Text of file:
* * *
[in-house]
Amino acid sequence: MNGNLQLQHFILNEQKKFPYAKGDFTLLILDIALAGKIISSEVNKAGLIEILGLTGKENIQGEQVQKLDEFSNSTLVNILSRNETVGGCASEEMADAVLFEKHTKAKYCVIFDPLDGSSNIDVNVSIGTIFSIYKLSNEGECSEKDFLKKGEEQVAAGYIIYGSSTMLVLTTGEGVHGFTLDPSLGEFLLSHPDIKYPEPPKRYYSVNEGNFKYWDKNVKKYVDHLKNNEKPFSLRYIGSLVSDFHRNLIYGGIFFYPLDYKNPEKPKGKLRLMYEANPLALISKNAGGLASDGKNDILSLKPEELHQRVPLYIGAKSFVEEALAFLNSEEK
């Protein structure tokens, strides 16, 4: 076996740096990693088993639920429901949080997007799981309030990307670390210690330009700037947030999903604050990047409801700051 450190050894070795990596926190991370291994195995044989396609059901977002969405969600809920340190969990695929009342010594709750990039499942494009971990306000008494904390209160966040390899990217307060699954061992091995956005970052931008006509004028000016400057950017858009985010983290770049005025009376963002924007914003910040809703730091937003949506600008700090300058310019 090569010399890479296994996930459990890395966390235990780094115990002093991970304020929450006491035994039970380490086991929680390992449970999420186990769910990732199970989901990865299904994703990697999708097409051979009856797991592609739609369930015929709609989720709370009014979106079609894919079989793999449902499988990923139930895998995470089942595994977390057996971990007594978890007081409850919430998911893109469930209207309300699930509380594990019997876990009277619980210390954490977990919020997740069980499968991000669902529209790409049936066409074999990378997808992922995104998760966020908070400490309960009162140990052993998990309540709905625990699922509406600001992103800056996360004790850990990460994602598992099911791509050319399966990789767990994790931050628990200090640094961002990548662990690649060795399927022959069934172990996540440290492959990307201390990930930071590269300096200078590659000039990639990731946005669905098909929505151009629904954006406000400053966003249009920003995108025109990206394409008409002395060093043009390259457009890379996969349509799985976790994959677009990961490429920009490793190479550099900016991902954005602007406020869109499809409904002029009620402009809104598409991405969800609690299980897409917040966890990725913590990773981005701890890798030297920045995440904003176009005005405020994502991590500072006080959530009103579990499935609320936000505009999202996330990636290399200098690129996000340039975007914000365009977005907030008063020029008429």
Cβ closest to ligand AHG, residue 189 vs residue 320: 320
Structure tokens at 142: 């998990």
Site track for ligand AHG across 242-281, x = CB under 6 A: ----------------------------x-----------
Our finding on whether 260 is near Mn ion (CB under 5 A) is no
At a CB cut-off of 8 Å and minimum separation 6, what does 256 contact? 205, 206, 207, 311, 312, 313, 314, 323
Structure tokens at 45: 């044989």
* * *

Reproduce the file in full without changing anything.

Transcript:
[in-house]
Amino acid sequence: MNGNLQLQHFILNEQKKFPYAKGDFTLLILDIALAGKIISSEVNKAGLIEILGLTGKENIQGEQVQKLDEFSNSTLVNILSRNETVGGCASEEMADAVLFEKHTKAKYCVIFDPLDGSSNIDVNVSIGTIFSIYKLSNEGECSEKDFLKKGEEQVAAGYIIYGSSTMLVLTTGEGVHGFTLDPSLGEFLLSHPDIKYPEPPKRYYSVNEGNFKYWDKNVKKYVDHLKNNEKPFSLRYIGSLVSDFHRNLIYGGIFFYPLDYKNPEKPKGKLRLMYEANPLALISKNAGGLASDGKNDILSLKPEELHQRVPLYIGAKSFVEEALAFLNSEEK
């Protein structure tokens, strides 16, 4: 076996740096990693088993639920429901949080997007799981309030990307670390210690330009700037947030999903604050990047409801700051 450190050894070795990596926190991370291994195995044989396609059901977002969405969600809920340190969990695929009342010594709750990039499942494009971990306000008494904390209160966040390899990217307060699954061992091995956005970052931008006509004028000016400057950017858009985010983290770049005025009376963002924007914003910040809703730091937003949506600008700090300058310019 090569010399890479296994996930459990890395966390235990780094115990002093991970304020929450006491035994039970380490086991929680390992449970999420186990769910990732199970989901990865299904994703990697999708097409051979009856797991592609739609369930015929709609989720709370009014979106079609894919079989793999449902499988990923139930895998995470089942595994977390057996971990007594978890007081409850919430998911893109469930209207309300699930509380594990019997876990009277619980210390954490977990919020997740069980499968991000669902529209790409049936066409074999990378997808992922995104998760966020908070400490309960009162140990052993998990309540709905625990699922509406600001992103800056996360004790850990990460994602598992099911791509050319399966990789767990994790931050628990200090640094961002990548662990690649060795399927022959069934172990996540440290492959990307201390990930930071590269300096200078590659000039990639990731946005669905098909929505151009629904954006406000400053966003249009920003995108025109990206394409008409002395060093043009390259457009890379996969349509799985976790994959677009990961490429920009490793190479550099900016991902954005602007406020869109499809409904002029009620402009809104598409991405969800609690299980897409917040966890990725913590990773981005701890890798030297920045995440904003176009005005405020994502991590500072006080959530009103579990499935609320936000505009999202996330990636290399200098690129996000340039975007914000365009977005907030008063020029008429």
Cβ closest to ligand AHG, residue 189 vs residue 320: 320
Structure tokens at 142: 């998990």
Site track for ligand AHG across 242-281, x = CB under 6 A: ----------------------------x-----------
Our finding on whether 260 is near Mn ion (CB under 5 A) is no
At a CB cut-off of 8 Å and minimum separation 6, what does 256 contact? 205, 206, 207, 311, 312, 313, 314, 323
Structure tokens at 45: 């044989």